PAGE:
10. Unapologetic: A Black, Queer, and Feminist Mandate for Radical Movements by Charlene Carruthers
Need a succinct starter book on Black queer feminism? For anyone who wants to know how to be in movement and a leader, this is your book.
This book challenges you to engage in the social justice struggle to make the movement for Black liberation more queer and feminist. Your go-to guide on how to be an effective activist, drawing on the Chicago model of activism, which features long-term commitment, cultural sensitivity, creative strategizing, and cross-group alliances.
11. The Sun and Her Flowers by Rupi Kaur
From Rupi Kaur, the #1 New York Times bestselling author of Milk and Honey, is her second collection of poetry. This is a great bedside table read for quick bits of digestible literacy. A poetic journey about growth and healing from sexual trauma, and exploring her Ancestry.
Divided into five chapters and illustrated by Kaur, the sun and her flowers is a journey of wilting, falling, rooting, rising, and blooming. A celebration of love in all its forms.
The Opposite of Loneliness by Marina Keegan
Marina Keegan’s graduated magna cum laude from Yale in May 2012. She had a play that was to be produced at the New York International Fringe Festival and a job waiting for her at the New Yorker.
Tragically, five days after graduation, she died in a car crash at the age of twenty-two. The Opposite of Loneliness is one last assemblage of her essays and stories. This is a very hope-filled read and I thoroughly enjoyed it. “What we have to remember is that we can still do anything. We can change our minds. We can start over,” she writes.
No One Belongs Here More Than You by Miranda July
Miranda July gives me strong hipster vibes. She is an award-winning filmmaker and performing artist. The book is a series of essays that let you be a fly on the wall to the lonely, disconnected characters who try to find connection with others, often by acting out in bizarre ways.
Feminism is Lit-erature
Feminism’s most current reputation, especially that of modern-day movements following the marches of pussy-shaped caps of the Trump era and #metoo proclamations, leaves a heavy distaste in the mouths of many.
Sure, the misguided heretics of loud-mouthed, overgrown pits and shoved ideologies of women in victimhood do more harm than good in gaining likability with the very sex they wish to impose, but I don’t think the conversation of sexism should ever relinquish.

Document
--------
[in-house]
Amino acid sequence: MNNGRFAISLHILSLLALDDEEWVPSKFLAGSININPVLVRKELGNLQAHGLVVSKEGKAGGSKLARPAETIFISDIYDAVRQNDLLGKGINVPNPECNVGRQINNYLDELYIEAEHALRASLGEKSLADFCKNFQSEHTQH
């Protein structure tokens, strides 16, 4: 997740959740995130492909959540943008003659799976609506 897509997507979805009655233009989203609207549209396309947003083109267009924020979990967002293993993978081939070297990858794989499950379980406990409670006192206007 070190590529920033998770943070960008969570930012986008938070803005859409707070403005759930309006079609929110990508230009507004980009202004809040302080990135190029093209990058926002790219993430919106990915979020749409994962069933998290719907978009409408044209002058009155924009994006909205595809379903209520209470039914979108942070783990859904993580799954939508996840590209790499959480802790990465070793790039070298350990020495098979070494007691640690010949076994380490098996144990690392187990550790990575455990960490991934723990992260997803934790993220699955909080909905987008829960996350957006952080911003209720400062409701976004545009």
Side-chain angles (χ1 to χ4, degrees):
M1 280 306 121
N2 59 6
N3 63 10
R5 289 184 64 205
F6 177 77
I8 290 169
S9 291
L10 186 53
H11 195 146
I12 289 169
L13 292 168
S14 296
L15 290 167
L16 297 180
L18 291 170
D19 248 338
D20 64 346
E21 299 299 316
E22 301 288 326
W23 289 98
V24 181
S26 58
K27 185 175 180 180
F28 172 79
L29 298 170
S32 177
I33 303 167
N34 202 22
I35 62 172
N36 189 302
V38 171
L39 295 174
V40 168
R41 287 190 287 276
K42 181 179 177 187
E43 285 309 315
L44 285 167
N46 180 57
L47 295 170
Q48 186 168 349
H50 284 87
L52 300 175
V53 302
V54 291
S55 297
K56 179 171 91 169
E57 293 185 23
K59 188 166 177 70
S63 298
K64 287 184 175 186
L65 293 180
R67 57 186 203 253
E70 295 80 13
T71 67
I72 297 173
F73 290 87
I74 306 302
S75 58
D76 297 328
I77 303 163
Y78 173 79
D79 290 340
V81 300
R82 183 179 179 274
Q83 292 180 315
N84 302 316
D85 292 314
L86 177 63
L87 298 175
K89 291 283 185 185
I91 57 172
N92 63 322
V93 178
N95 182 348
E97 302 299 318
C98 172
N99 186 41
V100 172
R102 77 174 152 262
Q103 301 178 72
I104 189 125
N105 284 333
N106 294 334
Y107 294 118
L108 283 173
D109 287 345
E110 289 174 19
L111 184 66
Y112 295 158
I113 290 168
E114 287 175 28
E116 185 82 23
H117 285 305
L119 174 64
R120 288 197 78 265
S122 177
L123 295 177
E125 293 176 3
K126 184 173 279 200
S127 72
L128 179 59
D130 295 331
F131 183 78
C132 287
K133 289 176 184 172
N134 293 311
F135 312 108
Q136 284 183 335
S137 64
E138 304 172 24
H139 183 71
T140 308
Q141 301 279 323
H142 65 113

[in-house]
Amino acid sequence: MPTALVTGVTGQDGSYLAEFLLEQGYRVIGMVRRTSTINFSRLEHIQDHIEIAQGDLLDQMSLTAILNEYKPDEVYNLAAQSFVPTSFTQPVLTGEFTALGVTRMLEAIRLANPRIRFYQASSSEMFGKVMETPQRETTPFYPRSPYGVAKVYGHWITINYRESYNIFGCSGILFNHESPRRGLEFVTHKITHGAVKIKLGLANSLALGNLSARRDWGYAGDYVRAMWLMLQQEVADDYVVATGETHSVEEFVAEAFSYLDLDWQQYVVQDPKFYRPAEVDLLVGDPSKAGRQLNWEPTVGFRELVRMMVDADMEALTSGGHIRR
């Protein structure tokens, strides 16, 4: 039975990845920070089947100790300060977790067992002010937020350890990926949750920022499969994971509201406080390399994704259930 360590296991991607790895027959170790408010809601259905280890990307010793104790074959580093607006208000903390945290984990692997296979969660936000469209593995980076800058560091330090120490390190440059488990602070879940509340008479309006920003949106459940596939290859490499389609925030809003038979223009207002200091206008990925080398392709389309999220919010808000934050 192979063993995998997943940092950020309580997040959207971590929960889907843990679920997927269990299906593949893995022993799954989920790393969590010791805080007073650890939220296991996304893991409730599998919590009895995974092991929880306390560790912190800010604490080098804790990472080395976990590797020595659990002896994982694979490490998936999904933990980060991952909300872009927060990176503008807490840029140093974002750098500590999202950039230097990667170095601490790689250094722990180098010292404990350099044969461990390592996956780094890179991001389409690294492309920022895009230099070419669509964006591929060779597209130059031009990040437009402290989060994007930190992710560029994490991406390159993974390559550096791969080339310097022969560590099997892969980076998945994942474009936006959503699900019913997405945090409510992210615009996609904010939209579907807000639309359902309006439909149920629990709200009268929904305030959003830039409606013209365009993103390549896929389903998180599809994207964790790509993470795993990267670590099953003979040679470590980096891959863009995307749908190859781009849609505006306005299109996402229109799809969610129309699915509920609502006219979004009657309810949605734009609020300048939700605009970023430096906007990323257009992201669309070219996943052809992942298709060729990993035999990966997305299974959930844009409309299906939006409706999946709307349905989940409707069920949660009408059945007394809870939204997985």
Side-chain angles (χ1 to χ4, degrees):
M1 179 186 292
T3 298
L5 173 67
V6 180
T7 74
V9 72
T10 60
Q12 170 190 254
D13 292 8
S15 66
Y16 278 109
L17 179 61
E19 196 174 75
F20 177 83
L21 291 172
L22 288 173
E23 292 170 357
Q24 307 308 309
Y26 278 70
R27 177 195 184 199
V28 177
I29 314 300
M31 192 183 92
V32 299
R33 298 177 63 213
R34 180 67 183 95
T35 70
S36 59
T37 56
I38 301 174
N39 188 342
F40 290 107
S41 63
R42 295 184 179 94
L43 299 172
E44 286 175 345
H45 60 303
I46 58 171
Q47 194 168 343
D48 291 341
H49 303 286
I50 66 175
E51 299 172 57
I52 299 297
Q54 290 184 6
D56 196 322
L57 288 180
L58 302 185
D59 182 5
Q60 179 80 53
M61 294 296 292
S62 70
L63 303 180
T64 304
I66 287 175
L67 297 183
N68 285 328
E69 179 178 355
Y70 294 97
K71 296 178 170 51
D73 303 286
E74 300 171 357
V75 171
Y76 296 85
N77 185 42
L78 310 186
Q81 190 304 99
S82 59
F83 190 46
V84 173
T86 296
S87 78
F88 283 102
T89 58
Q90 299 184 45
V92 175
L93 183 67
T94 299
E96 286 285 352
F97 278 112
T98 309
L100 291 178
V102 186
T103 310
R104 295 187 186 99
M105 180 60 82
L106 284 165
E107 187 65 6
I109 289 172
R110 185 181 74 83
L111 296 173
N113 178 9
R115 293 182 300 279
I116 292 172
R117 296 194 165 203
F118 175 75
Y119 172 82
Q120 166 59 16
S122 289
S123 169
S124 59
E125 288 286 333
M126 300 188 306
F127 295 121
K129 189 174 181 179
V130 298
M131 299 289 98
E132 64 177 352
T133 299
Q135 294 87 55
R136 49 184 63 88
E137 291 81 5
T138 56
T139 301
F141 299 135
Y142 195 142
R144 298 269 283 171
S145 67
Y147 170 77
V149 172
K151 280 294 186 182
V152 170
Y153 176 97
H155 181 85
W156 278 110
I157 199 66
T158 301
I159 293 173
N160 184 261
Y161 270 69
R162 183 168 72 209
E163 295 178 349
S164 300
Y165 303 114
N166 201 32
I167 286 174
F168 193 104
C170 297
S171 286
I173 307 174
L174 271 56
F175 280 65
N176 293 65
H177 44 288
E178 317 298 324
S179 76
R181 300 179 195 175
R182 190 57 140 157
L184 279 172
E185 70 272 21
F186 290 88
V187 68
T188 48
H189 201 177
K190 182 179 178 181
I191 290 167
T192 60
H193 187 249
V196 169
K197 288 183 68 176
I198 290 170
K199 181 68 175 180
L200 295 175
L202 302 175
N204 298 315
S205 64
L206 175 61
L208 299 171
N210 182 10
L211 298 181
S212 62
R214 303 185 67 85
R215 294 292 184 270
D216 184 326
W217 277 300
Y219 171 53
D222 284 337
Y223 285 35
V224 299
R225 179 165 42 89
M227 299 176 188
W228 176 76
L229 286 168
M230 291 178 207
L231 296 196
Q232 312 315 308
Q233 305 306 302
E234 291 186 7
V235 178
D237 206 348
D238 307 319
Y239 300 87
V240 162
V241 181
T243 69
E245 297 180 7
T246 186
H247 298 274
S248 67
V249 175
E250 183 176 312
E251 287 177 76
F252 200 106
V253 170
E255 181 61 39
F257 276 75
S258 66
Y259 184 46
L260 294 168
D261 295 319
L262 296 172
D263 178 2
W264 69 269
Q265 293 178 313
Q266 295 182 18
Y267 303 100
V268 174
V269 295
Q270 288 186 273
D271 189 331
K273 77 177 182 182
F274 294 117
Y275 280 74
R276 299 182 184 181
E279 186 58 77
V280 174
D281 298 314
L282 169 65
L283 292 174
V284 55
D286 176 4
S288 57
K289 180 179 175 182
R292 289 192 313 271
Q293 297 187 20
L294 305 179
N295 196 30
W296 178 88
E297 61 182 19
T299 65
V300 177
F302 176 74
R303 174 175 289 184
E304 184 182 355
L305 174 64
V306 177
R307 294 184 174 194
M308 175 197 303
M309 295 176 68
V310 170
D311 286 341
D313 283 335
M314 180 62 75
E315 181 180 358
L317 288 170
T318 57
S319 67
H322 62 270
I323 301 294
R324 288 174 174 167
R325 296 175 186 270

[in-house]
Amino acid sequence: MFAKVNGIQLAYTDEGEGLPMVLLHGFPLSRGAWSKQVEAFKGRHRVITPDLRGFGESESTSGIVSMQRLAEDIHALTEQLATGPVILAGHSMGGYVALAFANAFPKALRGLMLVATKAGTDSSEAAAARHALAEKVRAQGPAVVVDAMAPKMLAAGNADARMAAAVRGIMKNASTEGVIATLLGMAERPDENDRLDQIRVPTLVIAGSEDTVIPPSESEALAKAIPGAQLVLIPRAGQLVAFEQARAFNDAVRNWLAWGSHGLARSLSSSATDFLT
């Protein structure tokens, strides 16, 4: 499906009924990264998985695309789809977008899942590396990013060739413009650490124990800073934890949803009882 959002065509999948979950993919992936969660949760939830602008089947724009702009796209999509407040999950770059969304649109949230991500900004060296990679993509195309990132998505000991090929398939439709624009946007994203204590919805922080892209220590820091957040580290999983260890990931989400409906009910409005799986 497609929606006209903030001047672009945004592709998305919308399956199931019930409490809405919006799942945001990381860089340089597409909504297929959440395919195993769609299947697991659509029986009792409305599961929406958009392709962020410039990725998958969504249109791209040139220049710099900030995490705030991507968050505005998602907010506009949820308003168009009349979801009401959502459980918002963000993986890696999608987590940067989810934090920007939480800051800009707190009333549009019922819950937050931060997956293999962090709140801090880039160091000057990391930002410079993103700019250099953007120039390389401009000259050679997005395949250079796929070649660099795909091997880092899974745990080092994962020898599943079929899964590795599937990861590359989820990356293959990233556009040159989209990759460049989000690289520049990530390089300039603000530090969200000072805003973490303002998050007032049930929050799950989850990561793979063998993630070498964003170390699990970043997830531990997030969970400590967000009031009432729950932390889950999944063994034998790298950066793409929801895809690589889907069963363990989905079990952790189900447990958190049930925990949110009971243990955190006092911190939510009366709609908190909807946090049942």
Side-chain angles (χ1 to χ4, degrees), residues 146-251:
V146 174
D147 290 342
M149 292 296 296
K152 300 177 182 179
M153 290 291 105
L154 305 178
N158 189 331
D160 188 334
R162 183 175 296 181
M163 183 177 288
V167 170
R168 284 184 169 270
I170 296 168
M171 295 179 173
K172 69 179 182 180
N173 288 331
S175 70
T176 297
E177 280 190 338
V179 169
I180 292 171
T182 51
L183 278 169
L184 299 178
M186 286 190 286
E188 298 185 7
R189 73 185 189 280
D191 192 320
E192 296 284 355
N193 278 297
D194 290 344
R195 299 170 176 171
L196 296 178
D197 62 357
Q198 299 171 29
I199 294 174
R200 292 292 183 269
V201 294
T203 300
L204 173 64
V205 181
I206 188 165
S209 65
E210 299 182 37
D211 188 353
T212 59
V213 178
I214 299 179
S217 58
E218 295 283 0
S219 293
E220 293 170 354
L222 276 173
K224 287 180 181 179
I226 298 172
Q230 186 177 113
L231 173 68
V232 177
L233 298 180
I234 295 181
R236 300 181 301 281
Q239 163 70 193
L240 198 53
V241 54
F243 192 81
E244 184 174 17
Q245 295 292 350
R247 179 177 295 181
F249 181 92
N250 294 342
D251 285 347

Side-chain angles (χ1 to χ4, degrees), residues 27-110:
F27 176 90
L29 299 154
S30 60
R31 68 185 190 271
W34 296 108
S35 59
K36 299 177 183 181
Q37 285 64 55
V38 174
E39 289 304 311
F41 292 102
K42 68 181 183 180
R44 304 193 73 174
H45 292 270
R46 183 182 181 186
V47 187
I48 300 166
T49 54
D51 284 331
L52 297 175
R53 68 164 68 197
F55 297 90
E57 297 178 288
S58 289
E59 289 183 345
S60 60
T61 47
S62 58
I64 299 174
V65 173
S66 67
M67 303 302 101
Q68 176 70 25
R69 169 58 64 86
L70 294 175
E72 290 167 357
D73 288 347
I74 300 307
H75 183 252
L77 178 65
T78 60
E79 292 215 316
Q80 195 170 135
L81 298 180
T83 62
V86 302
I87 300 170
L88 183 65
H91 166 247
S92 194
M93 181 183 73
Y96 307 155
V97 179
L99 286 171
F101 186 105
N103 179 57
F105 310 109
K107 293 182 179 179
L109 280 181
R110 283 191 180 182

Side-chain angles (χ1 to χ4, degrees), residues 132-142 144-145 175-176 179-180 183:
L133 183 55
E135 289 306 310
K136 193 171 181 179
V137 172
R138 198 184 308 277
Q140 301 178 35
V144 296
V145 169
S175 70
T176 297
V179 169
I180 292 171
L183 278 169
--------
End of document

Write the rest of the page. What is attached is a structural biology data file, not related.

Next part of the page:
The way in which our actions take place in our contemporary society, and not just by our words of intent, shapes the views portrayed of women as a whole through the media, in the workplace, within the wage gap, and in domestic settings.
To say there is a divide between traditional, first-wave feminism and modern, new-wave feminism holds truth. While the women of Ancient Greece and China, for example, lived in a patriarchal society that condemned them to be seen as subordinate property, women still did not receive the right to vote in the US until 1920. Even the dualistic dynamic symbolism of yin and yang, of feminine and masculine energies as integral parts of a whole, has been generally presented as inherently hierarchical, especially in Chinese Confucianism.
Women in civilizations and societies around the globe, such as those in India, Africa, and the Middle East, to this day, the forgotten girls and villages of genocide, struggle with intense gender disparities and violence against them, not to mention the underlying subversive patriarchal dominance that is woven into the very fabric of our American Dream.
The most recent example of this severity is illuminated through the terrorist attacks of the ‘Incel’ organization, or the “involuntarily celibate,” a lonely hearts club turned into a Reddit gathering of violent misogyny, of rape fantasies and mass murder fueled on the very hatred of women alone, and their cursed fists at genetics, waving in anger for giving them small peepees.
Feminism is not the radical notion that men aren’t people, but a zest for equality between the sexes, fueled by a hatred not for men, but of injustice.
Kimberlé Crenshaw, American law professor and civil rights activist, coined the term Intersectional feminism in 1989. “All inequality is not created equal,” she says. “We tend to talk about race inequality as separate from inequality based on gender, class, sexuality or immigrant status. What’s often missing is how some people are subject to all of these, and the experience is not just the sum of its parts.”
Different communities battle various contradictory issues all at once. In the context of the coronavirus pandemic, the virus has exposed the deep-rooted inequalities and decades of systemic racism and discrimination.
There’s hope yet, demonstrated by triumphant hoards of masked civilians, battling a healthcare crisis and a cruel, fragmented government, uniting the fight to say together, “this is our problem.” The BLM movement fuels the momentum of liberation and justice, and above all, freedom for all.
Women that fall prey to the overlapping forms of oppression, you are the women who run with wolves. That strength, that fire, that pure, badass fuckery, we are here for it.
It’s about equality, at the end of the day, and honoring equally the divine energies of femininity and masculinity within us all.
It’s a human rights issue, end of story.
So, here’s to women who live beneath a glass ceiling, lobbing rocks into the abyss and hoping their culmination of cracks will cause its very weight to crumble, allowing a collective sigh of relief.
Thank you, and happy reading!
What are your favorite feminist novels? Xx